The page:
Date: May 06, 2019
Authors: Daniella Burgi-Palomino, Lily Folkerts
This article was first published in the latest issue of The Advocate.
It’s been a tough start to the year. Attacks against migrants and refugees have continued relentlessly. But even in the midst of the chaos, we’ve relentlessly stood strong and pushed forward with you. Our activism has paid off. And we’re planning to stand up to each and every one of the administration’s threats to rip families apart and leave those fleeing persecution stranded without protections.
Moving Onward to Permanent Protections for Dreamers & TPS Beneficiaries
As Temporary Protected Status (TPS) beneficiaries continue to live in limbo, lawsuits recently managed to extend protections through January 2020 for the over 300,000 Hondurans, Salvadorans, Haitians, and Nicaraguans who had been targeted by the Trump Administration with removal of their legal status, some after decades of building their lives in the United States. But living from one short and inconsistent extension to the next is no replacement for permanent protection. And it’s no way for these members of our communities to live. That’s why we’ve pushed for a pathway to citizenship for TPSianos.
After months of our tireless activism together, bills have been introduced in both the House and the Senate with the aim to protect millions of Dreamers and TPS recipients. In the House of Representatives, H.R.6 – American Dream and Promise Act of 2019 was introduced with an amazing 227 cosponsors. In the Senate, there are two bills: S. 874 – Dream Act of 2019 and S. 879 – Safe Environment from Countries Under Repression and in Emergency (SECURE) Act. This is an important first step to ensuring permanent protection for these long-standing members of our communities. But, it’s only the first step.
We now need to get these bills passed. And we’ve already begun the work to educate Congress and get them to do so. On International Women’s Day, we hosted a congressional briefing with partners to bring women TPS voices to the halls of Congress and to highlight the negative impacts of leaving individuals like them without permanent protections. And we didn’t stop there—we met one-on-one with staffers of new members of Congress to make sure they understood the importance of protecting TPS and DACA recipients as well as the rights of all migrants and asylum seekers. We updated and shared our resources—like a memo on the Negative Consequences of Ending Temporary Protected Status (TPS) for U.S. Investments in El Salvador and Honduras—so that you’d be armed with the facts you need to take action with your elected representatives.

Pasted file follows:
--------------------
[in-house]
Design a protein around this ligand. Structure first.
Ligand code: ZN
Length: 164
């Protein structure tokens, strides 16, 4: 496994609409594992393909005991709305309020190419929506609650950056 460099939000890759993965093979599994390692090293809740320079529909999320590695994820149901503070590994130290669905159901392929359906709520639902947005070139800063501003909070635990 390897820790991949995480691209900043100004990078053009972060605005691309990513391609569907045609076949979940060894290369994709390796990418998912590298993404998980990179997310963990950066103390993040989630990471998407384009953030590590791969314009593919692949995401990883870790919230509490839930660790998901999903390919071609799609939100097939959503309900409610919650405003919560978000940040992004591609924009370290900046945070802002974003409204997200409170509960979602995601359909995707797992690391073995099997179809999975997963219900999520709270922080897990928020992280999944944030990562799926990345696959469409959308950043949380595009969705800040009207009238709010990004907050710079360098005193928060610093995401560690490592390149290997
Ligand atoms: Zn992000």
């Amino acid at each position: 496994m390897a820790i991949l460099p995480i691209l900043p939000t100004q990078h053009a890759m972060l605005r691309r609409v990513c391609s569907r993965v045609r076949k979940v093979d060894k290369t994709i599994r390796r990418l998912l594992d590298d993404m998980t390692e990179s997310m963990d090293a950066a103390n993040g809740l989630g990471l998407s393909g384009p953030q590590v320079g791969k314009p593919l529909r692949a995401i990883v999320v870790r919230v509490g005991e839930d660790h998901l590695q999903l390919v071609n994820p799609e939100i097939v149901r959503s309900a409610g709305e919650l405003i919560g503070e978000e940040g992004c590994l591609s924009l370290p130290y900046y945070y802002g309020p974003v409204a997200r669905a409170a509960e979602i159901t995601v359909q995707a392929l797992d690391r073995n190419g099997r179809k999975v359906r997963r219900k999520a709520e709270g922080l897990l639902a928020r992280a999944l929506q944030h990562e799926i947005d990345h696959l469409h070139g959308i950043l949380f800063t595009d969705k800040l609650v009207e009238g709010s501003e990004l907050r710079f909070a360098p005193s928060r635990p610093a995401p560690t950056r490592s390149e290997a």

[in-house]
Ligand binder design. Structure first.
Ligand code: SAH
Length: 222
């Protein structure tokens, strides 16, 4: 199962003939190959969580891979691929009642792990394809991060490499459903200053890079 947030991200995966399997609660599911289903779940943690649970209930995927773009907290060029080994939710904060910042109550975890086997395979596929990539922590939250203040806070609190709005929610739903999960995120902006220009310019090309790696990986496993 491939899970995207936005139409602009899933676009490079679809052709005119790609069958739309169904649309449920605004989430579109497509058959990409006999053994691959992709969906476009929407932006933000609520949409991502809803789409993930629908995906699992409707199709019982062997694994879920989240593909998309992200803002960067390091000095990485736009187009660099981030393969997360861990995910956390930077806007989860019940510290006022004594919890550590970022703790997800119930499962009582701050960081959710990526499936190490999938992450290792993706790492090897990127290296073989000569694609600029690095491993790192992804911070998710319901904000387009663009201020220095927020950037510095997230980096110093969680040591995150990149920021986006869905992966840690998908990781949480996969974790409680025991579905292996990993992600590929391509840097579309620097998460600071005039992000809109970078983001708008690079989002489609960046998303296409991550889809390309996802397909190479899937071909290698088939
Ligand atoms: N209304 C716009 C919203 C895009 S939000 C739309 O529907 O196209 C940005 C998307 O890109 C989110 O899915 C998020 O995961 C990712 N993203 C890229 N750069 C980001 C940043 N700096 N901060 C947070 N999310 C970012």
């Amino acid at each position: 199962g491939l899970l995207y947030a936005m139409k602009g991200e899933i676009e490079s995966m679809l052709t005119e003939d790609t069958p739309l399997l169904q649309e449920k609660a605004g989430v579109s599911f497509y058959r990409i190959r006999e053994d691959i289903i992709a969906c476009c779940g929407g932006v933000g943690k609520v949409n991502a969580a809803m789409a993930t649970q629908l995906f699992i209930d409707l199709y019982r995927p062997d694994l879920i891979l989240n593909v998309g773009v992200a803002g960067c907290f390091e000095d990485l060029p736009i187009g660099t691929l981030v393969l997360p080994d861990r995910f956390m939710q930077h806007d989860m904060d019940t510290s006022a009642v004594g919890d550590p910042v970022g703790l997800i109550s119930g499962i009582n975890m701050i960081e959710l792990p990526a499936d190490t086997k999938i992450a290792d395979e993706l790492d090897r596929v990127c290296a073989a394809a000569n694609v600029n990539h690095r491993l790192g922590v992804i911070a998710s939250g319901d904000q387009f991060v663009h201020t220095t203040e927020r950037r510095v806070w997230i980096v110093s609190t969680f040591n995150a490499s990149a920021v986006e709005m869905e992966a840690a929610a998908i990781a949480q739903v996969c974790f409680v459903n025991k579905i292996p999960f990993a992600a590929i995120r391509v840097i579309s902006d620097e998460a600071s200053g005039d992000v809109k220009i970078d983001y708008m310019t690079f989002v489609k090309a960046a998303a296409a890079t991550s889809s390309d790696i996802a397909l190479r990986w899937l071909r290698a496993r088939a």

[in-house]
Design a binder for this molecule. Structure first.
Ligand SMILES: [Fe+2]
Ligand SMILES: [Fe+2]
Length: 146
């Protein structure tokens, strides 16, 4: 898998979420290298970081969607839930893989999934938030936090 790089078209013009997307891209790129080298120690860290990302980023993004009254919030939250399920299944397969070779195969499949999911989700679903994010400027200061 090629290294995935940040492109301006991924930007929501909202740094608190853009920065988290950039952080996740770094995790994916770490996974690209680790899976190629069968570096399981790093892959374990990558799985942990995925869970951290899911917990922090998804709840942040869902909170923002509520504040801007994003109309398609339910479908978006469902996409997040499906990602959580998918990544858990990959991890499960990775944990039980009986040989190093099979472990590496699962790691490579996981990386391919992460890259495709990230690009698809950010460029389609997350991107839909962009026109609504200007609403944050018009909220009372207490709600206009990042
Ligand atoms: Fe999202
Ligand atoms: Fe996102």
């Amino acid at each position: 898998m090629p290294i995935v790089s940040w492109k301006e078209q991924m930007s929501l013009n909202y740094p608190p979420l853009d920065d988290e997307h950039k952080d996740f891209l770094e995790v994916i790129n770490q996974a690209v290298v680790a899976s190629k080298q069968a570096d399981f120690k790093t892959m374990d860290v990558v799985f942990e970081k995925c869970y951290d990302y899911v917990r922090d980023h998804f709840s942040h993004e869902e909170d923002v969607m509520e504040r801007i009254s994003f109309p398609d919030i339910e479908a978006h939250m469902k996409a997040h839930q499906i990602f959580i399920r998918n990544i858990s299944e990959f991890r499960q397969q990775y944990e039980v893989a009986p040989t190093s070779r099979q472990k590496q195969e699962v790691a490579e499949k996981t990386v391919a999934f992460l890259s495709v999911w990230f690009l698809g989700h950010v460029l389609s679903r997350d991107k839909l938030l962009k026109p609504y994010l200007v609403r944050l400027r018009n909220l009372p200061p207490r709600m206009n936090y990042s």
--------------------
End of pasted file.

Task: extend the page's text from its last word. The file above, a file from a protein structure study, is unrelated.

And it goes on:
Standing Up for Families and Children at the Border
The hateful rhetoric against asylum-seeking individuals, families, and children arriving at our border has not stopped. And this administration continues to vilify asylum seekers, suggesting their claims are fake and criminalizing the very act of seeking protection. Yet we know that the reasons Guatemalans, Hondurans, and Salvadorans flee their homes haven’t changed, and they have a right to seek safety. They’re organizing together to migrate in groups to leverage safety in numbers. We’ve lifted up these concerns expressed by our partners in the region, working hard to educate on why we’re seeing an exodus.
The administration claims that we have a crisis at the border. We know the crisis is one that the administration itself has created. These illegal policies turn away individuals who present themselves at ports of entry to seek asylum or put them on lengthy waitlists, while arbitrarily only processing a few individuals a day. The reality is that we have witnessed a higher number of family units and unaccompanied children arriving at our border in the last four months, but overall apprehension numbers are not the highest we’ve seen in the last four decades.